"Good Morning Earlington:
Mrs. Rachael’s 'Edith'"
Ever wonder about the many and varied articles people collect? I think it is fascinating that any item would appeal to a person so much that he or she might amass cabinets or rooms full of like items. Eula Choate collected salt and pepper shakers from every state. Sissy Mitchell had over 500 miniature ceramic shoes of every color, style and shape. Some people collect items associated with animals--Hilda Weldon Long amassed herds of elephants while Helen Barber Lantaff chose to surround herself with owls. Kenneth Stokes has coins and meticulously labeled notebooks of old Earlington photos. Dennis Carnal, a railroad enthusiast, has books and photos of old trains and train stations. My mother-in-law Ruby Gipson had boxes of crochet patterns and probably every card she ever received from family members. My sister Rita collects rare glass pitchers. My husband loves candle lanterns. The list goes on. Our mailman Spencer Brewer is a Civil War enthusiast and collector with vast knowledge of life during that era. Spencer even goes so far as to attend reenactments where he pitches a tent and wears a uniform (sometimes Union, other times Confederate) and generally roughs it with his "regiment" for a weekend.
Each of these people, though amateurs, were or are exceedingly knowledgeable on their subjects and could probably hold their own with many professionals. Several weeks ago I learned of another collector—Rachael (Mrs. Carl) Bryant. Mrs. Rachael at various times in her life has been a collector of dolls. Many of her first collection were lost during one of the early 1930’s "floods" of Stewart Creek when her family lived on W. Main. Twice one year the Creek left 18" of water and mud in her home before her family moved to what is now the Haley house on Moss Avenue. Rachael was heartbroken as she gathered what was left of her "friends" and tried to resuscitate them—bodies stained and filled with mud, faces and limbs of China chipped and broken , blonde and brunette wigs beyond repair or swept away. The one bright spot was that her favorite "Edith" was rescued after a great deal of love and care.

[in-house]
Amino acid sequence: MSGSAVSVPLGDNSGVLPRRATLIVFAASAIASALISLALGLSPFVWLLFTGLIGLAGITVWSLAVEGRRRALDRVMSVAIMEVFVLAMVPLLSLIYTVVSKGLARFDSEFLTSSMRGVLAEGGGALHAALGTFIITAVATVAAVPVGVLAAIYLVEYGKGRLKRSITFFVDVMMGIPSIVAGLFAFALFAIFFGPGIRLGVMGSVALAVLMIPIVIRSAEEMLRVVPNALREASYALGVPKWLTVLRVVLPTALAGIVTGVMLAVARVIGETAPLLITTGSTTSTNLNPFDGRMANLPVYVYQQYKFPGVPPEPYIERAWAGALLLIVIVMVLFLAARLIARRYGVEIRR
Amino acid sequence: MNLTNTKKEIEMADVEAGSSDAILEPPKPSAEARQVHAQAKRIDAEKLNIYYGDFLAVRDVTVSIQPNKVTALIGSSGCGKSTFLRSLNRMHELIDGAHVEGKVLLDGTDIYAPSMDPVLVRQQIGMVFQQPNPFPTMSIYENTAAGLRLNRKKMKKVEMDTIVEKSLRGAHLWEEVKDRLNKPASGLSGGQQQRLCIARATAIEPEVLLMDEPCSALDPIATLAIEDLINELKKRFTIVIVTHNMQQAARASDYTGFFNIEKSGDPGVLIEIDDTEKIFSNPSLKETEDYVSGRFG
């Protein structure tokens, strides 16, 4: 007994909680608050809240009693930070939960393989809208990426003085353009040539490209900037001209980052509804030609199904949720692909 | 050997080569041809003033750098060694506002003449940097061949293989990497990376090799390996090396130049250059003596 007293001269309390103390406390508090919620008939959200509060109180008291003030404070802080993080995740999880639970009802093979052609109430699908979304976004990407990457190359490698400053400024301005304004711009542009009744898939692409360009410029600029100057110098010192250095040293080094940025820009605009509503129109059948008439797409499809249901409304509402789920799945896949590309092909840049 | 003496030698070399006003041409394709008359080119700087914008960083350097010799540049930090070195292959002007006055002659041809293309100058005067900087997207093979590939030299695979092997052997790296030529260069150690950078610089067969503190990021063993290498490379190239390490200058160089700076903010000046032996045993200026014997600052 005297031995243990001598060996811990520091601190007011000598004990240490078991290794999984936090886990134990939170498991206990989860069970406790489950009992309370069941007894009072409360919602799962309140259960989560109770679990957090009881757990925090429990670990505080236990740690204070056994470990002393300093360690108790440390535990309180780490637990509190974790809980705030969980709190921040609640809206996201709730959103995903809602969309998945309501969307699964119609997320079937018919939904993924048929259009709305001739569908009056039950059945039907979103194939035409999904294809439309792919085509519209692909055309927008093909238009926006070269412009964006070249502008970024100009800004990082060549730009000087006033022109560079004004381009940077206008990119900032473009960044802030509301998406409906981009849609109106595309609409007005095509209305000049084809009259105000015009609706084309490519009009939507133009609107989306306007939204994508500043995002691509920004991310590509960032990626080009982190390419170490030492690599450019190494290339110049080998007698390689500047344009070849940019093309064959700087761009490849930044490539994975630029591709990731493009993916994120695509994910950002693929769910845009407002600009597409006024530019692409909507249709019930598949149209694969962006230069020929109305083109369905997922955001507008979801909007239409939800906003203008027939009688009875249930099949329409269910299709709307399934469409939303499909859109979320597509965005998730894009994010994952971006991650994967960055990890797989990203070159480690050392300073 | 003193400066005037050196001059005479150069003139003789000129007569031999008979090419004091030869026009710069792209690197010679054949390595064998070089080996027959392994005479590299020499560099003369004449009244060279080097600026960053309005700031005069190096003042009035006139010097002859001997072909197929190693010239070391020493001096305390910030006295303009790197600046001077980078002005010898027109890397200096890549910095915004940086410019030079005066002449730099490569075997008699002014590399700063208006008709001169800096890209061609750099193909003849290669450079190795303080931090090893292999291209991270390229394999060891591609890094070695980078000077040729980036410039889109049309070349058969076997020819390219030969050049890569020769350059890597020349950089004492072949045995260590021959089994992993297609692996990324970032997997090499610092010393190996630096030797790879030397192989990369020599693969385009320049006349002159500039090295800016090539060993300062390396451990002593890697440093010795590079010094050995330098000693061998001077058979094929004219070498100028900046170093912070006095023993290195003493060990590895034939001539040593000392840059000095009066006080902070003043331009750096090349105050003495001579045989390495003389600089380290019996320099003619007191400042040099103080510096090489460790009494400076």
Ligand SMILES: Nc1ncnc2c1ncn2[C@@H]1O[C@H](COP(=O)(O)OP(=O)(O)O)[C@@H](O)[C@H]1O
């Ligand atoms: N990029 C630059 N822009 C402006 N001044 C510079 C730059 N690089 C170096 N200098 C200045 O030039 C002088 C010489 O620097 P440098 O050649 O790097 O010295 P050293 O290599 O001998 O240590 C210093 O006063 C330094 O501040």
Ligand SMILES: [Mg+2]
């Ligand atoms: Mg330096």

Miss Edith had been a special birthday gift from Rachael’s father when Rachael was a third grader in Oklahoma. The original Miss Edith was Rachael’s teacher that year. The younger Miss Edith, now in her 80’s and still a part of Rachael’s family after all these years, wears a blond wig as her own tresses were swept away in the swift muddy water. Her wardrobe has been replaced with loving detail from remnants of a pink silk bridesmaid dress worn by daughter Carolyn Bryant Everly (EHS’62) now of Johnson City, Tennessee, and wife of Rev. Jerry Everly, a Methodist minister who also counsels at the University of Tennessee. The sawdust which once filled out Miss Edith’s tiny arms and legs and allowed her knees and elbows to be in a constant state of bending has shifted due to age (something that happens to us all). Rachael explains that through the years, due in part to constant affection, her sawdust has also"leaked." Her head and arms of bisque are original, and her petite feet are shod in soft kid leather. Around her neck she wears a delicate gold necklace fashioned from one of Carolyn’s cameo necklaces, a long ago bridesmaid’s keepsake. So Edith—seen only as a doll to some--is representative of many memories to Mrs. Rachael—a special day of shopping with her father on her 8th birthday, the last of a precious collection, shared childhood secrets with a reticent companion, devastating floods, wedding mementos from a daughter’s life.
Not only is beauty in the eye of the beholder, but our memories are often triggered by physical objects we behold and cherish. This is one of the reasons why collections fascinate me. We often merely "perceive" sets of salt and pepper shakers, assorted shoes and patterns, or odd rocks and bottles of sand sitting on shelves. Other eyes often see beyond that into a past which holds countless precious memories. Look around. You too may encounter a memory long forgotten and placed on a shelf. You too may begin a journey another time past.
"Fond memory brings the light of other days around me; the smiles, the tears, of boyhood’s years, the words of love then spoken; The eyes that shone now dimmed and gone."
Thomas Moore’s Oft in the Stilly Night
Ann Gipson 12-7-2001